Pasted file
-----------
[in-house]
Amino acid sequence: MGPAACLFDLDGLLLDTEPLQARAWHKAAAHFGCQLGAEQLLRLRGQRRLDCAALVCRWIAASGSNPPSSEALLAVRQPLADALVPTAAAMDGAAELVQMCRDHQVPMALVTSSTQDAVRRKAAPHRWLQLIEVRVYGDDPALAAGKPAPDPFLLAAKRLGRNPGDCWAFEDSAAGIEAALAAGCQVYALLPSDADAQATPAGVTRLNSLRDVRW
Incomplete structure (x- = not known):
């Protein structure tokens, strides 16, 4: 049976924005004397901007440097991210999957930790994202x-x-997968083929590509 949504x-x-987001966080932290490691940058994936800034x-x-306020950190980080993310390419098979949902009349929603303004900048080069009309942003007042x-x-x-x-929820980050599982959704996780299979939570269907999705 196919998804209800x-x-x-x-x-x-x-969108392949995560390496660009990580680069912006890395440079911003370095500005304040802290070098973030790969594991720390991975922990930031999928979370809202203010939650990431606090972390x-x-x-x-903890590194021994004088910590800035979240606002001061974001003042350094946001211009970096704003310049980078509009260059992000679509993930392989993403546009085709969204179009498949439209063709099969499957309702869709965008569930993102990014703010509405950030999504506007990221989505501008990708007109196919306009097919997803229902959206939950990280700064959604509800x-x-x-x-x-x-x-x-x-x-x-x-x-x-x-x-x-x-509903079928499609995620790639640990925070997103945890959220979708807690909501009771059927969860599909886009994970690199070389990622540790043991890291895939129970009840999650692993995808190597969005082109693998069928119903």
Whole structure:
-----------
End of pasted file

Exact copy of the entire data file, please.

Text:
[in-house]
Amino acid sequence: MGPAACLFDLDGLLLDTEPLQARAWHKAAAHFGCQLGAEQLLRLRGQRRLDCAALVCRWIAASGSNPPSSEALLAVRQPLADALVPTAAAMDGAAELVQMCRDHQVPMALVTSSTQDAVRRKAAPHRWLQLIEVRVYGDDPALAAGKPAPDPFLLAAKRLGRNPGDCWAFEDSAAGIEAALAAGCQVYALLPSDADAQATPAGVTRLNSLRDVRW
Incomplete structure (x- = not known):
């Protein structure tokens, strides 16, 4: 049976924005004397901007440097991210999957930790994202x-x-997968083929590509 949504x-x-987001966080932290490691940058994936800034x-x-306020950190980080993310390419098979949902009349929603303004900048080069009309942003007042x-x-x-x-929820980050599982959704996780299979939570269907999705 196919998804209800x-x-x-x-x-x-x-969108392949995560390496660009990580680069912006890395440079911003370095500005304040802290070098973030790969594991720390991975922990930031999928979370809202203010939650990431606090972390x-x-x-x-903890590194021994004088910590800035979240606002001061974001003042350094946001211009970096704003310049980078509009260059992000679509993930392989993403546009085709969204179009498949439209063709099969499957309702869709965008569930993102990014703010509405950030999504506007990221989505501008990708007109196919306009097919997803229902959206939950990280700064959604509800x-x-x-x-x-x-x-x-x-x-x-x-x-x-x-x-x-x-509903079928499609995620790639640990925070997103945890959220979708807690909501009771059927969860599909886009994970690199070389990622540790043991890291895939129970009840999650692993995808190597969005082109693998069928119903």
Whole structure: